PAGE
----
He cites the Apostle Paul as an example of this trend by pointing to statements made by Paul regarding his opinion of his sin in relation to when he wrote them. Observe.
1 Corinthians 15:9 (ad 59) “For I am the least of the apostles”
Ephesians 3:8 (ad 64) “Unto me, who am less than the least of all saints”
1 Timothy 1:15 (ad 65) “Christ Jesus came into the world to save sinners; of whom I am chief.”
The progression goes from–the least of the apostles–to the least of all saints–to the chief of sinners. This could be coincidental or it could be a pretty cool observation.
I was asked the following “theological question” today:
We are really worried that God says the kingdom of heaven is made of such as these – which would be children. Which is scaring us. Really? It’s just a mental ward up there? Please advise.
The verse causing the concern is Mark 10:14, “But when Jesus saw it, he was much displeased, and said unto them, Suffer the little children to come unto me, and forbid them not: for of such is the kingdom of God.”
The answer to the question is what Jesus means by “the little children.” I think, based on the way Jesus uses “little children,” or “the least of these,” He is referring to true believers rather than kids.
Children demonstrate childlike faith, which is why they can sleep in the car when their mom is driving while dad is double checking his seatbelt every 15 seconds. That’s called “childlike faith.” That is the example for believers in how to trust God.
So when Jesus says it’s better to have a millstone hung around your neck than to offend a little one, He isn’t talking about offending kids, He’s talking about offending believers.
Therefore, the Kingdom of God is not made up of children actual, but children metaphorical. In Christ, we are the children of God. The verse that should truly concern you would be Matthew 19:29. Yikes. All the motivation I need to not forsake my kids.
Mary Magdalene loved Jesus. She was one of the last ones hanging around after the crucifixion to see where they laid His body. She was the first one to the tomb on resurrection day. Her love made her stick with Jesus to the end and keep hoping there was a new beginning.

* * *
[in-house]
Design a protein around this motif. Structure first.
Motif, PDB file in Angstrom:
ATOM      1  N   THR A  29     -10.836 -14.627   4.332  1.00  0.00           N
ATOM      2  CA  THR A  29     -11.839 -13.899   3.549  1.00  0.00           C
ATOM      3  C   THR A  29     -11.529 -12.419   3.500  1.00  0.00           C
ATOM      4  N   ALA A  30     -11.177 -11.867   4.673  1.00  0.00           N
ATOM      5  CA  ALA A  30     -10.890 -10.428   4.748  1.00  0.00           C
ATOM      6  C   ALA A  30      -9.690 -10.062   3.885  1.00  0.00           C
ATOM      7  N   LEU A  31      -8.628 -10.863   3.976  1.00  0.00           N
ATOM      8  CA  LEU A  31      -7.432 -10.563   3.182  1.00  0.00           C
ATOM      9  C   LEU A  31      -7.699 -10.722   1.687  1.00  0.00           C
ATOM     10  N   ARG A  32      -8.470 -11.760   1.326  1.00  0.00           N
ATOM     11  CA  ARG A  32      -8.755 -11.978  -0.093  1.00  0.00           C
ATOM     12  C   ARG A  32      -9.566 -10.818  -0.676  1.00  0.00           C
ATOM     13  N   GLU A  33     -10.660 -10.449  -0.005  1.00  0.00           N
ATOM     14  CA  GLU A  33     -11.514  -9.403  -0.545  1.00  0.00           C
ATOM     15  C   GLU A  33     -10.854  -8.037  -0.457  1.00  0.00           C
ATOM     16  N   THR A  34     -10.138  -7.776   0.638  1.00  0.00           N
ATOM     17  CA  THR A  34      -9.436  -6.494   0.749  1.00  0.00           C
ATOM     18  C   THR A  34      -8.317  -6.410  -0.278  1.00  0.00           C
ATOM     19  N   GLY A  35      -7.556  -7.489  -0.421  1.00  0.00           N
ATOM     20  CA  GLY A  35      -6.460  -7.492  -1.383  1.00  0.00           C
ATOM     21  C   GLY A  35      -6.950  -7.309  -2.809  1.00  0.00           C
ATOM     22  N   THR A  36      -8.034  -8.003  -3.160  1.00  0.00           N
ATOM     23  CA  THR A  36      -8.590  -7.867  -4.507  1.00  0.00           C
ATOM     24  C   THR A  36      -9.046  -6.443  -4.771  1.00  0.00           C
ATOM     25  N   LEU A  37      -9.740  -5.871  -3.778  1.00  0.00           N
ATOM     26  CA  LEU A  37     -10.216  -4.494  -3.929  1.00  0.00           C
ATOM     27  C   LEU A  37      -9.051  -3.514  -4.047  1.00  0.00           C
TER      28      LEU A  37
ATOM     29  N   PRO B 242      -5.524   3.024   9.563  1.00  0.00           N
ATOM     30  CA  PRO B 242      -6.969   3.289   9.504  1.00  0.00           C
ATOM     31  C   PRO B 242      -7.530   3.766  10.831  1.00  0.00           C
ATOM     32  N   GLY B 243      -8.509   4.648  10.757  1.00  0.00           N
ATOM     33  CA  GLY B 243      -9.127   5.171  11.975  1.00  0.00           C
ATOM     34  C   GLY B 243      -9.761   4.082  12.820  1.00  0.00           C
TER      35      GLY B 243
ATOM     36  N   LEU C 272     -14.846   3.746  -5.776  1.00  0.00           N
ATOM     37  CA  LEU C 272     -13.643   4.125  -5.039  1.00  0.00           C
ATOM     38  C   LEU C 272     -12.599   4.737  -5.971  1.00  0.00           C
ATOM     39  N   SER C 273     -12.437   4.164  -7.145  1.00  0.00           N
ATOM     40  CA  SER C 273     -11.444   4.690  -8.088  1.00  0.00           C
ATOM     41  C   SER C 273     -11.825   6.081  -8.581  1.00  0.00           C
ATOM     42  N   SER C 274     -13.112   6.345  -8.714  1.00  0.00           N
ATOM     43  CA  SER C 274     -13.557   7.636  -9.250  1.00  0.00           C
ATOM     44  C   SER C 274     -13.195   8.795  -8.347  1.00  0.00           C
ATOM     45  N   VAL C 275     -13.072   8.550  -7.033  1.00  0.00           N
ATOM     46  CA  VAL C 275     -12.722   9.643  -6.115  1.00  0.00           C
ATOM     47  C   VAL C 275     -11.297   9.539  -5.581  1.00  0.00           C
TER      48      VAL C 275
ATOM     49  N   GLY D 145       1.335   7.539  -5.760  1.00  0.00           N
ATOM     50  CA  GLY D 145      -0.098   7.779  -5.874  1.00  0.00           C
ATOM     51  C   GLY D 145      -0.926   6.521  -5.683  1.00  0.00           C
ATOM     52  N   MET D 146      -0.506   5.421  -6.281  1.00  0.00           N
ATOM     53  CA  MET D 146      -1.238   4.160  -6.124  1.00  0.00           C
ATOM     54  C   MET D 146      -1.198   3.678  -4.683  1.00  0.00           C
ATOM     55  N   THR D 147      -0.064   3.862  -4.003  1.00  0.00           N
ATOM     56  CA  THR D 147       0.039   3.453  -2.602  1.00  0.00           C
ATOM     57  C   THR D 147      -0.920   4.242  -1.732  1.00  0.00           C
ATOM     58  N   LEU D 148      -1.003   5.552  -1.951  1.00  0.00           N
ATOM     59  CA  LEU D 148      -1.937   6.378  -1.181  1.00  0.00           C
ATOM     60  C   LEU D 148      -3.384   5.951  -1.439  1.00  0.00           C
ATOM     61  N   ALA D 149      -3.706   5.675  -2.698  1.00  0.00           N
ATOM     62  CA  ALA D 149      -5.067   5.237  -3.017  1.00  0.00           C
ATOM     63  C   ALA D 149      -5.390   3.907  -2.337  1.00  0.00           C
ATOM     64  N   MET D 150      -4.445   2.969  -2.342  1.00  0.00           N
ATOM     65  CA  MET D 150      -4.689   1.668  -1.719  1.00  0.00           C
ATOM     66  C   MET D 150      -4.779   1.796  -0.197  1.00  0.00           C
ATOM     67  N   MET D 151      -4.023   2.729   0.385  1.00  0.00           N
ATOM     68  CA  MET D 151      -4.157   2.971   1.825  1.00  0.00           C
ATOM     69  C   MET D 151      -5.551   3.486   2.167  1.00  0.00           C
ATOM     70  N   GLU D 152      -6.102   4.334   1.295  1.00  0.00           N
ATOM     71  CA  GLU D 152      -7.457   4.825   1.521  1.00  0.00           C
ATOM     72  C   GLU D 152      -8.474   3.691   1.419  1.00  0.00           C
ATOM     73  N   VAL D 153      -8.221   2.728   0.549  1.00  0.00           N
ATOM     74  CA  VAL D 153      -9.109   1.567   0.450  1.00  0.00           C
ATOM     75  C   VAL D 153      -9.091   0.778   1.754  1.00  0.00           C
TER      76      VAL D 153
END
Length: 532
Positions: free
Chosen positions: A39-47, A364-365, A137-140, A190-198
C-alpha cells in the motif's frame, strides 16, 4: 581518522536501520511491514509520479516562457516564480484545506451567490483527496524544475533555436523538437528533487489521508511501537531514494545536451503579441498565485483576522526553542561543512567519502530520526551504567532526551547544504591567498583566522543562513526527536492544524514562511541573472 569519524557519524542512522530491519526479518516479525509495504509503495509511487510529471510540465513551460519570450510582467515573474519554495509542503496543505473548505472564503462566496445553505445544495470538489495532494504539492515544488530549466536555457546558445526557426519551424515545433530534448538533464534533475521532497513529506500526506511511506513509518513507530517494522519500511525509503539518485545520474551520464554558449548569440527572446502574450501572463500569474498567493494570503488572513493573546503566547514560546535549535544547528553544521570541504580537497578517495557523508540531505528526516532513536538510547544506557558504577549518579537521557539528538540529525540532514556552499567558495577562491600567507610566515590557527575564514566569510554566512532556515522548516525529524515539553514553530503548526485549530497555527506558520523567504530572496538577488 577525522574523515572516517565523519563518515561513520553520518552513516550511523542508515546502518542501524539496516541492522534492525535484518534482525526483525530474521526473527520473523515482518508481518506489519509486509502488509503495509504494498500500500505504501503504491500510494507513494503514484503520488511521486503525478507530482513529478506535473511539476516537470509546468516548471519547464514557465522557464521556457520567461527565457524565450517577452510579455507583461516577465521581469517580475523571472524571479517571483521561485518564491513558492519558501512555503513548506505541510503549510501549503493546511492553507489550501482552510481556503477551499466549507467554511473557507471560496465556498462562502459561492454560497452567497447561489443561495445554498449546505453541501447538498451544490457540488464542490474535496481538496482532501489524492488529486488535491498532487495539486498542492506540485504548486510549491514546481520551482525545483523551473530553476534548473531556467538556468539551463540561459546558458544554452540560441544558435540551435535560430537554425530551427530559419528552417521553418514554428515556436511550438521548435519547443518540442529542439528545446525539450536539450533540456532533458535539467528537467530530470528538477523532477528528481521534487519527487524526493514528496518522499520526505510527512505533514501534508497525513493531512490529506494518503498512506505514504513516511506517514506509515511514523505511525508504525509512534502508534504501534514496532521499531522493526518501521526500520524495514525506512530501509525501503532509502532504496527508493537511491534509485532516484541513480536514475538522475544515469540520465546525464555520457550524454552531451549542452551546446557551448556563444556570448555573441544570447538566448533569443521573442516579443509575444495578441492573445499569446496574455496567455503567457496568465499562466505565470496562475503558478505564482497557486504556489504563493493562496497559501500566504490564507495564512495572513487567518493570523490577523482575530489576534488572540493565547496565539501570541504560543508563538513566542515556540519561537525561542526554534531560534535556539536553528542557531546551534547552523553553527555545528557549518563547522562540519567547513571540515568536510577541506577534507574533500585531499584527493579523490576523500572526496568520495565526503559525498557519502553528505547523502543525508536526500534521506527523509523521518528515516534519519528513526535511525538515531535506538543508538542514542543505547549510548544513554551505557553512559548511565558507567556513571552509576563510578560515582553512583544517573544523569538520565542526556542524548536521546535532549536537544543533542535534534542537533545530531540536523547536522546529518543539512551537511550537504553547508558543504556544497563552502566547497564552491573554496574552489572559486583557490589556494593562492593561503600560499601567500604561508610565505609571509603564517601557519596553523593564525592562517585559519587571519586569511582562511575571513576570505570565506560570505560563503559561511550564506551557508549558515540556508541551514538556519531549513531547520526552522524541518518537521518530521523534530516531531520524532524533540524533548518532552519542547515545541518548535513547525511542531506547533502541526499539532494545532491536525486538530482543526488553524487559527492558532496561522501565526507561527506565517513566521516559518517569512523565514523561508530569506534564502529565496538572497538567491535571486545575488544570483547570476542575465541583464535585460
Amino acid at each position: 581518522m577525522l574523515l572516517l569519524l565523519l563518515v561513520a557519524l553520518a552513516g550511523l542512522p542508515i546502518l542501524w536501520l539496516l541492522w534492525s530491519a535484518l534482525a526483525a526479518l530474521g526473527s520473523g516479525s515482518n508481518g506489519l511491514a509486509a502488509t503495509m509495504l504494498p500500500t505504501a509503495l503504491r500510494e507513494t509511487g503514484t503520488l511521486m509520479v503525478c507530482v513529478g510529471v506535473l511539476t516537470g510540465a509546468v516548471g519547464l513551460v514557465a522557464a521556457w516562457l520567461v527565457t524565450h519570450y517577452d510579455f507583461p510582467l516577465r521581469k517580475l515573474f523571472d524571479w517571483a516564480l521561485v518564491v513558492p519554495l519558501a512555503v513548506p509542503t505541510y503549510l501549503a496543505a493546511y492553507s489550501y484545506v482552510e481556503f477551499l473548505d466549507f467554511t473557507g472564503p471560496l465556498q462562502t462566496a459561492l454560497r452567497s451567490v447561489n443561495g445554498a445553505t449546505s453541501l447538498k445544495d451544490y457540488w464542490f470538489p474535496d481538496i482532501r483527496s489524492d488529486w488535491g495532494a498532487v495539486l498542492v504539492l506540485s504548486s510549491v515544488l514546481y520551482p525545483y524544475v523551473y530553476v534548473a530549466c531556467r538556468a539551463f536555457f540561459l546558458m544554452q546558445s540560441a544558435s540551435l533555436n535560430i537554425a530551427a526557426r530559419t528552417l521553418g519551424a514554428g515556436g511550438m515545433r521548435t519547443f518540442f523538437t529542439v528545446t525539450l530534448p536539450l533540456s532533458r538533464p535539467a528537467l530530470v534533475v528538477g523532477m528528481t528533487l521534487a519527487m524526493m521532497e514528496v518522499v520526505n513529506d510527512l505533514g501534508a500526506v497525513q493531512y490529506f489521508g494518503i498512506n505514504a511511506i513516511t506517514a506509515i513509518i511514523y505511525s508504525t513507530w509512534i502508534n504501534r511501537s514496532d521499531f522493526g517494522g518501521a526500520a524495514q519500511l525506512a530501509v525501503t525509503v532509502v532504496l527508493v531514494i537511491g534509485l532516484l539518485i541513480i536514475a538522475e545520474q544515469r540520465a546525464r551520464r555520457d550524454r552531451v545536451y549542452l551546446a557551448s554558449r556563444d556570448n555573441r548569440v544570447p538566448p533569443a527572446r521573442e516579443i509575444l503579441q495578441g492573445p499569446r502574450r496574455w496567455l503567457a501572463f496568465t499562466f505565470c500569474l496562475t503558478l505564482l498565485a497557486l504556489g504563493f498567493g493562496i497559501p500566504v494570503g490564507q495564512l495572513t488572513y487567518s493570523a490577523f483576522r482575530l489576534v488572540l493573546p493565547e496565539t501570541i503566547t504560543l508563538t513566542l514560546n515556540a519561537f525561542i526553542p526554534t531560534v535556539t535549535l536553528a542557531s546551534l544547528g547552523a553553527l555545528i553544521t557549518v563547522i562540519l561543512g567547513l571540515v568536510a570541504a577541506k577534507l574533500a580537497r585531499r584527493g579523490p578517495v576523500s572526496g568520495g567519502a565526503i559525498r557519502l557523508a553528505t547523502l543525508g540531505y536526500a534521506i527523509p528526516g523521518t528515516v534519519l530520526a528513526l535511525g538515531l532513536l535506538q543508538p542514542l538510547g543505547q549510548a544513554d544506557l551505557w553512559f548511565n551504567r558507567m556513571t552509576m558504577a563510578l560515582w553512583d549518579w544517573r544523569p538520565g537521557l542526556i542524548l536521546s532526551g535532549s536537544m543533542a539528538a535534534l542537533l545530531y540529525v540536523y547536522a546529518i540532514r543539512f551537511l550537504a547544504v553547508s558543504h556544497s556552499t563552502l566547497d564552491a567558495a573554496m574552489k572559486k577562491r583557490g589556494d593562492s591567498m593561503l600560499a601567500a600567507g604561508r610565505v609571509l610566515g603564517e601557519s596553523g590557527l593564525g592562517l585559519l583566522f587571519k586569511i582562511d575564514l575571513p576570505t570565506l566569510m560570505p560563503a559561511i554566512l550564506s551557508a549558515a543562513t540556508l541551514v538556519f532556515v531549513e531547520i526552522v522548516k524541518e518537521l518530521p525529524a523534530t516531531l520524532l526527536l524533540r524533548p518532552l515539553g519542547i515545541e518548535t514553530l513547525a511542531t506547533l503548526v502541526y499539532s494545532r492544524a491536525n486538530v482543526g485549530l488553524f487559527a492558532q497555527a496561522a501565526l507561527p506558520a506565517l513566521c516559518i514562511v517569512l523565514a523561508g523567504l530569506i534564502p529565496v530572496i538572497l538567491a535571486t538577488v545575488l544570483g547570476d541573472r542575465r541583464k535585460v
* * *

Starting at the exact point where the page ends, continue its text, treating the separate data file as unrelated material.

Mary also demonstrated her love when she poured the costly perfume on Jesus’ feet and wiped them with her hair.
Something tremendous had happened between Jesus and Mary. Our over-sexualized culture sees this relationship and assumes it must be sexual. There’s no way a man and a woman could love each other like this without a sexual component.
I find this to be sick as well as a total misunderstanding of how great it is to have your sins forgiven. Mary had seven devils in her and Jesus healed her, set her free and Mary’s life changed.
“To whom little is forgiven, the same loveth little.” Realizing the depth of your sin and the depth of God’s grace is the impetus of a great love like Mary’s.
One of the most appealing aspects of miracles is that they do not require any faith to observe. Anyone can see when a miracle took place.
Nicodemus in John 3 acknowledged the miracles Christ did and knew that God was working through Jesus. But he wasn’t born again, he wasn’t a true believer.
The world celebrates miracles all the time from little kids getting rescued from wells and airplanes landing on rivers. It’s amazing, anyone can see it, it requires no faith.
As soon as a miracle is equated with faith then we have false faith. Seeing a miracle is not proof you are a believer. Seeing is not believing, it’s the exact opposite, in fact.
For we are saved by hope: but hope that is seen is not hope: for what a man seeth, why doth he yet hope for?